In a contentious battle against the Dallas Wings on her bobblehead night at Talking Stick Resort Arena in Phoenix, Brittney Griner and two of her Mercury teammates, plus three Wings players, were ejected following an on-court scuffle. Griner and Wings players Kristine Anigwe and Kayla Thornton were tossed for the actual fight. Briann January and Diana Taurasi (who was inactive) were tossed for leaving the Phoenix bench and Kaela Davis was tossed for leaving the Dallas bench.
Griner did not speak to the media after the game, but Taurasi told reporters:
Today I went on the court to make sure my teammate didn’t get jumped. She got punched in the face, and then someone ran on her back and threw punches at her face. I would do that 100 times out of 100 times.
As Griner was ushered from the court, the left side of her face appeared red, as if she had been hit in the face as Taurasi indicated. But almost more unsettling than last night’s incident is the media coverage that, thus far, has followed.
Dorothy J. Gentry, who covers the Dallas Wings for The Athletic WNBA, told “All In” podcast recently that the only time she has seen mainstream media seize on the Wings was following Liz Cambage’s history-making 53-point performance in 2018. She said national broadcast media was neither in Dallas before Cambage’s historic moment nor following the single-day coverage after it. This underscores the trend that WNBA players must have extraordinary, if not extreme, on-court performances to draw the national media’s gaze.
But mainstream media entities seem more willing to show interest in the league when there’s a scandal.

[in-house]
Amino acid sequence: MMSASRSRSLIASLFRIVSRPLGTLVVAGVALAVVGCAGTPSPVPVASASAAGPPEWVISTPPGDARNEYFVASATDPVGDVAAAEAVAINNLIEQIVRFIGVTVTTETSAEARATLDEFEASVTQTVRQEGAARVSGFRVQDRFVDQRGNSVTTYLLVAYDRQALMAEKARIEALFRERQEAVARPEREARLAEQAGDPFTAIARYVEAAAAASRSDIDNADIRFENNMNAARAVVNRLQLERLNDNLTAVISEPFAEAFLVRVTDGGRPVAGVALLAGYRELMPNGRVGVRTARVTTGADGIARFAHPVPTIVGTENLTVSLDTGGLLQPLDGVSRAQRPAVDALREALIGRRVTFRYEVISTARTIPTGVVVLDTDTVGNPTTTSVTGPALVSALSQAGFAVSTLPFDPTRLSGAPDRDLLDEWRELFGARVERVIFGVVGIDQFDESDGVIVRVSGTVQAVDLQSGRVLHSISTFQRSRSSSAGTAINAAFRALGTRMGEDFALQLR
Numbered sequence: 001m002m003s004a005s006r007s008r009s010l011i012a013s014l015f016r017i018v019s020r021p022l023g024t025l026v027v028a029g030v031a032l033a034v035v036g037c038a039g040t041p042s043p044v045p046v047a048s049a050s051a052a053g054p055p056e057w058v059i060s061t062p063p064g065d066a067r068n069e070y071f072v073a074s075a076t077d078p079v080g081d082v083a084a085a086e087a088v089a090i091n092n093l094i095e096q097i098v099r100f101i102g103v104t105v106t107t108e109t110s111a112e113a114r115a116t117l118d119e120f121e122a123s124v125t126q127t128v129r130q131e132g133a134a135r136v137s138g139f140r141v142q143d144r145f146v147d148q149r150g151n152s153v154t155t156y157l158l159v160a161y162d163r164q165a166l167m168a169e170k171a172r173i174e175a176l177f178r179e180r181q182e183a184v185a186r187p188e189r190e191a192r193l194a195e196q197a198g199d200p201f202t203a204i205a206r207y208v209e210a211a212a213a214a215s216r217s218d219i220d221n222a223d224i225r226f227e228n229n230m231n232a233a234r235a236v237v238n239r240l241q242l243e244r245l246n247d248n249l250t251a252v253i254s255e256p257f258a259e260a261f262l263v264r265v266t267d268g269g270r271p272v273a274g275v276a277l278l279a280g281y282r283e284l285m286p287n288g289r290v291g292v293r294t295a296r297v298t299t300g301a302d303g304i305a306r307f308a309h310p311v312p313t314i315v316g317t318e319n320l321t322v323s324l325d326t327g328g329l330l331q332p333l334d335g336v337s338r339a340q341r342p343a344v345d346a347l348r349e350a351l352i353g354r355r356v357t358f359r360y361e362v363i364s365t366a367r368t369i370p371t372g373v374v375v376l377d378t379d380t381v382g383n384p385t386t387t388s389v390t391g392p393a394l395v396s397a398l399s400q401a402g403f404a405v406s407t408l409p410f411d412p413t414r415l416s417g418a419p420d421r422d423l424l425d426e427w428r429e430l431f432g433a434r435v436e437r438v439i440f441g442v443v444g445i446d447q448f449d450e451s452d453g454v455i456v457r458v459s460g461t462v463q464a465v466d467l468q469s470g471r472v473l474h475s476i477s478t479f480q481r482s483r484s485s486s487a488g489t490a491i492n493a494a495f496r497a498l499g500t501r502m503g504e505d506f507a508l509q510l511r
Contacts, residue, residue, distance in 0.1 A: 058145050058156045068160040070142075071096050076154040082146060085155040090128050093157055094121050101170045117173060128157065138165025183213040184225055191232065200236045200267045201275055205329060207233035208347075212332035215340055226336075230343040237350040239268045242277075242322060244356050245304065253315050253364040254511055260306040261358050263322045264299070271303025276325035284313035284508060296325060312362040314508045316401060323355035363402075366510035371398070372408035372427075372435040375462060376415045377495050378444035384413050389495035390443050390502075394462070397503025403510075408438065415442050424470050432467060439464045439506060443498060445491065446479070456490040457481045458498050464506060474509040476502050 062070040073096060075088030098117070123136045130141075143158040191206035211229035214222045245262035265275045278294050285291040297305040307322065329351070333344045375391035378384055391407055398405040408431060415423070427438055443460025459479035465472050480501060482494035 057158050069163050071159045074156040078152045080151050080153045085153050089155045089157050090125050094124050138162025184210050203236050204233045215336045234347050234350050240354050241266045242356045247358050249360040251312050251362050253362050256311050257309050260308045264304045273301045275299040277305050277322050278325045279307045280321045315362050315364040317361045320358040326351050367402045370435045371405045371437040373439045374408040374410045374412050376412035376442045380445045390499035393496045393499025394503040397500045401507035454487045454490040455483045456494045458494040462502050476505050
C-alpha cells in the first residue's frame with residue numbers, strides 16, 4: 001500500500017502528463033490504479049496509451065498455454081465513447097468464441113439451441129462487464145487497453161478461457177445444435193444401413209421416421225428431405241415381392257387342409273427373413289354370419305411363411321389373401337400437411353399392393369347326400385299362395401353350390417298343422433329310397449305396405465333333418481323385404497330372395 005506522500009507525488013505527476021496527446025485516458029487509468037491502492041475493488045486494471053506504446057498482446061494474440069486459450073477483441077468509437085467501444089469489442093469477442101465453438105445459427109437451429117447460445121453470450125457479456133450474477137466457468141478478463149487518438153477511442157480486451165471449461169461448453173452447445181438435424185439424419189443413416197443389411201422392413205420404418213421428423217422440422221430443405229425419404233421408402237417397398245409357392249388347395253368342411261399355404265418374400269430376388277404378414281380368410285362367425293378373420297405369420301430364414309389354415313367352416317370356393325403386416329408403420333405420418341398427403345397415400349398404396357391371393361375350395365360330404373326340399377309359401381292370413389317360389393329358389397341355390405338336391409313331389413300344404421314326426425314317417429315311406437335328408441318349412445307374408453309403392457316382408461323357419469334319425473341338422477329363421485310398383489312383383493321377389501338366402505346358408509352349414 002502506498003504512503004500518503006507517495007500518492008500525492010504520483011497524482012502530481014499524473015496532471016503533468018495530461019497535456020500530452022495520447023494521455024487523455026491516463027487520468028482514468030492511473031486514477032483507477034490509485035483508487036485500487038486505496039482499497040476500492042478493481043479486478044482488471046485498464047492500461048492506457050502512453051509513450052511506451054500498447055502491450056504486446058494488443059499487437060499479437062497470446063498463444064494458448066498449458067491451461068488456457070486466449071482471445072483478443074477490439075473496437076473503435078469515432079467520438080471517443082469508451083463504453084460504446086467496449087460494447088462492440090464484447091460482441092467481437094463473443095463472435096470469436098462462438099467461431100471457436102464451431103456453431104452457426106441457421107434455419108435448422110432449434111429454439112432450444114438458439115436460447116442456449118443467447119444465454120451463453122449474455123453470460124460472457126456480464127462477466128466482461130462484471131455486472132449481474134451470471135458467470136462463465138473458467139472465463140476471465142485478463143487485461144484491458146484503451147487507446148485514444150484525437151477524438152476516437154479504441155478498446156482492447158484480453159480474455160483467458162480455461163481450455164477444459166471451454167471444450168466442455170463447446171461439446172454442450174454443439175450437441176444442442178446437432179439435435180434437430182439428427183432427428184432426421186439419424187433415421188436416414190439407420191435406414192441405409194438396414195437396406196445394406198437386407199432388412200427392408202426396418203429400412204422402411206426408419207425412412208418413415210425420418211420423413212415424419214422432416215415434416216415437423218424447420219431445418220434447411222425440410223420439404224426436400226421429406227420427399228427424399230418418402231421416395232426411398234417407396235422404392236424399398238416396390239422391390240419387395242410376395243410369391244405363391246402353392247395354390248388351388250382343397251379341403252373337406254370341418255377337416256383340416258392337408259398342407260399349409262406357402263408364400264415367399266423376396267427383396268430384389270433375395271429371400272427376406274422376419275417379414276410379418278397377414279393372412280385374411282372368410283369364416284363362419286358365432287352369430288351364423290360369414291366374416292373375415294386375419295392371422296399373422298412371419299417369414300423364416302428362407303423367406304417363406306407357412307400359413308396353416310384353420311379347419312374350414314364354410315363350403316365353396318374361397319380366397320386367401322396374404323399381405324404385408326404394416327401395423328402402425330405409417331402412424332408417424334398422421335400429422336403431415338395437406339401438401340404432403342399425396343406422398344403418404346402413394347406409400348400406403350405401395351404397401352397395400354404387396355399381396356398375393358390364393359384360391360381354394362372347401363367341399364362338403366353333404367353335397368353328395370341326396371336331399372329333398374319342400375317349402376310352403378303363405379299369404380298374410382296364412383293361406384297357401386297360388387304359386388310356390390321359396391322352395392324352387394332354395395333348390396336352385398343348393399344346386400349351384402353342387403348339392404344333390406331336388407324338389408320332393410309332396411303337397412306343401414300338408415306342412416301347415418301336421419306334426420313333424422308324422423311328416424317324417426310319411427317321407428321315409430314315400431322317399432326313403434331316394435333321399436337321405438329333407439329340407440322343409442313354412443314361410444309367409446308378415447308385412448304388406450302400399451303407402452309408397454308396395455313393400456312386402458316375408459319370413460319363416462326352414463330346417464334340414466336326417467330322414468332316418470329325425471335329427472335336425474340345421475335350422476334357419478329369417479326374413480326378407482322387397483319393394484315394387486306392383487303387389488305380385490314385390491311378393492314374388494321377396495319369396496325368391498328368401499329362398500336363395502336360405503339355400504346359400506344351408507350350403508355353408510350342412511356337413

When Griner and Glory Johnson were arrested for domestic violence in 2015, it drew national media attention. When Los Angeles Sparks guard Riquna Williams was suspended for 10 games following a a domestic violence incident involving a gun, CNN reported on it. When Natasha Howard denied her now-estranged wife’s domestic violence allegations, USA Today covered it. And Saturday night’s debacle was no different.
On Sunday morning, Gwendolyn Loyd, mother of Seattle Storm guard Jewell Loyd, tweeted her disdain for coverage of the incident by Good Morning America. But Loyd is not calling for suppression of less-pleasing storylines; she is calling for coverage of the WNBA to be balanced and complete.
Gwendolyn Loyd wrote:
I wake up this morning and see our WNBA players on Good Morn[ing] America fighting, with national coverage. Now when I ask them to cover our ladies for winning the championship last year [the Seattle Storm in 2018], I got one line! Ironic they would cover a fight ...
It also can be argued that some of the same women involved in last night’s altercation — Griner and Taurasi — should have received mainstream media attention after winning the FIBA World Cup gold medal last year with the USA Basketball Women’s National Team. The win qualified the United States for the 2020 Tokyo Olympics.
Without equivocation, on-court fights and off-court conduct issues are not a good look for the WNBA. But those incidents do not make up even one-fourth of what the league is about, with many stories of triumph and perseverance persistently overlooked by mainstream entities. If, for example, Good Morning America had invited All-Star Game MVP Erica Wheeler on the show to discuss her “undrafted to unforgettable” feats, it is unlikely that “Mama Loyd” and others would take issue with the show also covering the punches thrown in last night’s contest.
Full coverage, the good with the bad, is what the fans want and what the league and players deserve. To showcase the bad without ever highlighting the good is simply unfair.